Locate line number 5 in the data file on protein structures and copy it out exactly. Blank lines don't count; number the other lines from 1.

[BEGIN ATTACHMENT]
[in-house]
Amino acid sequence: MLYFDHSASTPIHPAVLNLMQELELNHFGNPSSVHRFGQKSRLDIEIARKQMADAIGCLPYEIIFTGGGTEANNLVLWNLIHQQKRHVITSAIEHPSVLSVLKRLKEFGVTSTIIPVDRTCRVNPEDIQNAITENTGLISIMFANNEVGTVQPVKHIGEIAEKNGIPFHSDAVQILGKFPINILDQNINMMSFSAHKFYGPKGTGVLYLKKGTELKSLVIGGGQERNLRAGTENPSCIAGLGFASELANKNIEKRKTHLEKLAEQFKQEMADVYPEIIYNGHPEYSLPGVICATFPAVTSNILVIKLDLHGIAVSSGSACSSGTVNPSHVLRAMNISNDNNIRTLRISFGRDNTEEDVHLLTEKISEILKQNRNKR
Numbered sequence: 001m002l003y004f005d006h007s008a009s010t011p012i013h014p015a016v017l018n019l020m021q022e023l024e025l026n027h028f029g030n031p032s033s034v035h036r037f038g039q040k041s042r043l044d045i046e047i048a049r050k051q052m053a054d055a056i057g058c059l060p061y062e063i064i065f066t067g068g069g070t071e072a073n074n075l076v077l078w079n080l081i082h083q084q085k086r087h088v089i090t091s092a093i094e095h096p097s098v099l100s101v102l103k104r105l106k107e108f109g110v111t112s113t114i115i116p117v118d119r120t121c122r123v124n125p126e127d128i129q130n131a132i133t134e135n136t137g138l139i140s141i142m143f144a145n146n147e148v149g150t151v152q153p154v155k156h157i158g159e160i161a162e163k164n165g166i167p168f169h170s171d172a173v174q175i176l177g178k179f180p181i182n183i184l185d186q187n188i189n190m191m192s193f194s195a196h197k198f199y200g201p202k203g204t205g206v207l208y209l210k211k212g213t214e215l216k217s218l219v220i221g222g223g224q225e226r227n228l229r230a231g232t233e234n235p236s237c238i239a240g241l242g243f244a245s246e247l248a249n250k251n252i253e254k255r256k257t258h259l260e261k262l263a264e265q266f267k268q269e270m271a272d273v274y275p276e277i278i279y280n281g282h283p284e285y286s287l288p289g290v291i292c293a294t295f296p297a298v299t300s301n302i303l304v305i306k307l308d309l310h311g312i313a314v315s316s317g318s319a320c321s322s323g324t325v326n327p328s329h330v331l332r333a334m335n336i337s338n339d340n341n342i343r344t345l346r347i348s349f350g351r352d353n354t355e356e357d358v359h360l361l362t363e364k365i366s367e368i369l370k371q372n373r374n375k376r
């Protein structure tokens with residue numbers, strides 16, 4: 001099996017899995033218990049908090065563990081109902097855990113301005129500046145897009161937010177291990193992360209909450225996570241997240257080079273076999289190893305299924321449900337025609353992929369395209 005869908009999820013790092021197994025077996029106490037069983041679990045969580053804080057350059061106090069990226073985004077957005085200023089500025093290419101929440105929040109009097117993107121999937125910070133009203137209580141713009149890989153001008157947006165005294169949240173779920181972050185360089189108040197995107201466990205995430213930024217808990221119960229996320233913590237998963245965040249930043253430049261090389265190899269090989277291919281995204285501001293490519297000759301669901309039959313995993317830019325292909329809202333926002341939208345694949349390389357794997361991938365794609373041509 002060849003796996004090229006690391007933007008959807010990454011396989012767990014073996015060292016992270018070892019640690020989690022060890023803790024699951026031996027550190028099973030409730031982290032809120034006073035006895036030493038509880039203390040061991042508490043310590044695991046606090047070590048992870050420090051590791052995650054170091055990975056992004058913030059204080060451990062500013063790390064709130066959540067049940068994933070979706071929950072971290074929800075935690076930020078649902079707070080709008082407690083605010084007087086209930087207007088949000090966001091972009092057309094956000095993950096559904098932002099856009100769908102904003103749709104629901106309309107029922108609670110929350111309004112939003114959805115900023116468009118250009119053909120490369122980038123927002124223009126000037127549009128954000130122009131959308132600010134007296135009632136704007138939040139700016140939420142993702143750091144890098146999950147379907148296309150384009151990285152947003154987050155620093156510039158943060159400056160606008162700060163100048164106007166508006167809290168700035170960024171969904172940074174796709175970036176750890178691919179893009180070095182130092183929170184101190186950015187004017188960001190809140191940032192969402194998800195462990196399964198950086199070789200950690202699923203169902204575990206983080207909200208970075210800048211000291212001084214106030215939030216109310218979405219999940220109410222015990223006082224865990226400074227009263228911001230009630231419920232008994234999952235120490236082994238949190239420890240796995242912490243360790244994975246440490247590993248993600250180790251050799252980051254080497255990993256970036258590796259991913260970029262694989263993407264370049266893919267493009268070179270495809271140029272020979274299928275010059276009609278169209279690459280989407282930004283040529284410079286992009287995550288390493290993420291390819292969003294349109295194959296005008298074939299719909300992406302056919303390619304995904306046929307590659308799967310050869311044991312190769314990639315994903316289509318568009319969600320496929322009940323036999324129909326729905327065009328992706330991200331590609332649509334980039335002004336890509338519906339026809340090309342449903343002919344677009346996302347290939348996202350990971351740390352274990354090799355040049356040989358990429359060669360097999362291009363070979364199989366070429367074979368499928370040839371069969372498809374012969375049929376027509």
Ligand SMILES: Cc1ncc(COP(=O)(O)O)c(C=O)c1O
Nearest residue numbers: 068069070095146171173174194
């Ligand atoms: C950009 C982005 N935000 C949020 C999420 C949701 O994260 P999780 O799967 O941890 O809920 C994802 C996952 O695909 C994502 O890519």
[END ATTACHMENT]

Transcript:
Ligand SMILES: Cc1ncc(COP(=O)(O)O)c(C=O)c1O